Tewin owners get city exemption to clear cut for farming

In this Feb. 27 photo, dozens of piles of smaller trees and brush are seen on property north of Piperville Road in Ottawa owned by the Algonquins of Ontario. City of Ottawa staff say they're satisfied the AOO and partners Taggart Group were involved in farming practices so a permit wasn't needed. (Raphael Tremblay/CBC - image credit)
In this Feb. 27 photo, dozens of piles of smaller trees and brush are seen on property north of Piperville Road in Ottawa owned by the Algonquins of Ontario. City of Ottawa staff say they're satisfied the AOO and partners Taggart Group were involved in farming practices so a permit wasn't needed. (Raphael Tremblay/CBC - image credit)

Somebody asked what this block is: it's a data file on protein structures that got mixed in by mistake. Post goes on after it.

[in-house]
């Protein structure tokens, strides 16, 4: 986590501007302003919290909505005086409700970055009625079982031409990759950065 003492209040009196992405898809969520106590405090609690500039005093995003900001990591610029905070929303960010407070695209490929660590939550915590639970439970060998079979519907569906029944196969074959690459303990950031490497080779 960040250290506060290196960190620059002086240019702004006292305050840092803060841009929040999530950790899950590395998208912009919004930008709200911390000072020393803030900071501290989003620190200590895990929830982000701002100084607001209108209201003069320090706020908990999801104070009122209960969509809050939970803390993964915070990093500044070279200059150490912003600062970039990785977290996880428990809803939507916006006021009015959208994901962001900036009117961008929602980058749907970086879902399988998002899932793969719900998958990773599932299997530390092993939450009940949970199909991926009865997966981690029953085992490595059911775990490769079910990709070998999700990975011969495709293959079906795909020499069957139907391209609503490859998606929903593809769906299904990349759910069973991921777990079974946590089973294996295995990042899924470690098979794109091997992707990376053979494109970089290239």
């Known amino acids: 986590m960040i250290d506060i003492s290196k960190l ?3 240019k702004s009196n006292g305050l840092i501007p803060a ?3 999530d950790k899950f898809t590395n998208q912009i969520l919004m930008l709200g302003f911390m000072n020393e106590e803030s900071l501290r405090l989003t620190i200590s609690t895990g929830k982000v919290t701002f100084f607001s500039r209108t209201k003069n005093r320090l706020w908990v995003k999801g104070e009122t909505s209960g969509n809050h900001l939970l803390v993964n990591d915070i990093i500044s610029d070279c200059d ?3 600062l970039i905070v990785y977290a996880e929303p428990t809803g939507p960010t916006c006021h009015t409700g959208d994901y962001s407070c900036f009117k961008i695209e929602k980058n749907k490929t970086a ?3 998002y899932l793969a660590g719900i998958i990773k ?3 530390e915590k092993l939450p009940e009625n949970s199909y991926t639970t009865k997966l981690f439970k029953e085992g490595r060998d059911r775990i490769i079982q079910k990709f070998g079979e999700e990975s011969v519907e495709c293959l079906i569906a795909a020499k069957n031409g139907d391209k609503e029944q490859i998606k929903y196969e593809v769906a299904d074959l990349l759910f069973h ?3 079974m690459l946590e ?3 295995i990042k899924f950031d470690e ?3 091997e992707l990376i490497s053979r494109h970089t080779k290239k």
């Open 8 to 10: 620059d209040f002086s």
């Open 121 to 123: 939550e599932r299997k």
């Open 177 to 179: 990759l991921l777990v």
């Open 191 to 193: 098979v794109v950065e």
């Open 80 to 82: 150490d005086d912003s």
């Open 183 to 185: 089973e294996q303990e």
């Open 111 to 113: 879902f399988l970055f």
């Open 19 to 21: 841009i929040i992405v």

Tree cutting is expected to resume on a huge, partially clearcut parcel in rural southeast Ottawa, after city staff determined that the partners behind the future suburb of Tewin did not require a tree permit because they say they intend to farm the property.

The City of Ottawa planned to lift a stop-work order Tuesday on the cutting of trees at the large property north of Piperville Road owned by the Algonquins of Ontario (AOO), according to a memo sent to city council by Don Herweyer, general manager of planning, real estate and economic development.

"The ownership group has indicated that the land is being cleared and being prepared for farming activities," Herweyer wrote of the area where the Algonquins of Ontario (AOO) and Taggart Group had previously put forward plans for a sustainable suburb. "Documentation in this regard has been provided to city staff by the ownership group."

CBC asked Herweyer to clarify which documents staff had seen to confirm they predated tree-cutting that residents say began more than a month ago.